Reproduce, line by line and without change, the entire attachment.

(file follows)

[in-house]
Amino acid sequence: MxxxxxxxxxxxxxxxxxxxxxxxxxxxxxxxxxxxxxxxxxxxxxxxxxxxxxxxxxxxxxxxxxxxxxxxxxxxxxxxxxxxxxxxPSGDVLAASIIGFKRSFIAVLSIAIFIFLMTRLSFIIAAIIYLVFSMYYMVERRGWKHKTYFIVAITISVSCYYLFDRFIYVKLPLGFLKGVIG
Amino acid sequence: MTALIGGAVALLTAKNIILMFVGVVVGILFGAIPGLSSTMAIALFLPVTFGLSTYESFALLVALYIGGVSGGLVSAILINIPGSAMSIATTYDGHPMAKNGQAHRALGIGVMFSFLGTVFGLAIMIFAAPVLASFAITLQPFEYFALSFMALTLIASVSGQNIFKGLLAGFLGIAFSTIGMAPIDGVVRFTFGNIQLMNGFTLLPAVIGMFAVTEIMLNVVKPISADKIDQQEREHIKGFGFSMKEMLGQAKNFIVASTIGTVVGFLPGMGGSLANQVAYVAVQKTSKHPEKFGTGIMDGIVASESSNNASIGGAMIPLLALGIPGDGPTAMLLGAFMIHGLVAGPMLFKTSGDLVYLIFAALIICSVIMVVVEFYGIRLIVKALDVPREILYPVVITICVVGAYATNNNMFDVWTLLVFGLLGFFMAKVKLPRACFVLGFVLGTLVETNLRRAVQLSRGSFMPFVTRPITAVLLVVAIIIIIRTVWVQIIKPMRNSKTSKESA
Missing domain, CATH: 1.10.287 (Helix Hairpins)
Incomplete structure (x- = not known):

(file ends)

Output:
[in-house]
Amino acid sequence: MxxxxxxxxxxxxxxxxxxxxxxxxxxxxxxxxxxxxxxxxxxxxxxxxxxxxxxxxxxxxxxxxxxxxxxxxxxxxxxxxxxxxxxxPSGDVLAASIIGFKRSFIAVLSIAIFIFLMTRLSFIIAAIIYLVFSMYYMVERRGWKHKTYFIVAITISVSCYYLFDRFIYVKLPLGFLKGVIG
Amino acid sequence: MTALIGGAVALLTAKNIILMFVGVVVGILFGAIPGLSSTMAIALFLPVTFGLSTYESFALLVALYIGGVSGGLVSAILINIPGSAMSIATTYDGHPMAKNGQAHRALGIGVMFSFLGTVFGLAIMIFAAPVLASFAITLQPFEYFALSFMALTLIASVSGQNIFKGLLAGFLGIAFSTIGMAPIDGVVRFTFGNIQLMNGFTLLPAVIGMFAVTEIMLNVVKPISADKIDQQEREHIKGFGFSMKEMLGQAKNFIVASTIGTVVGFLPGMGGSLANQVAYVAVQKTSKHPEKFGTGIMDGIVASESSNNASIGGAMIPLLALGIPGDGPTAMLLGAFMIHGLVAGPMLFKTSGDLVYLIFAALIICSVIMVVVEFYGIRLIVKALDVPREILYPVVITICVVGAYATNNNMFDVWTLLVFGLLGFFMAKVKLPRACFVLGFVLGTLVETNLRRAVQLSRGSFMPFVTRPITAVLLVVAIIIIIRTVWVQIIKPMRNSKTSKESA
Missing domain, CATH: 1.10.287 (Helix Hairpins)
Incomplete structure (x- = not known):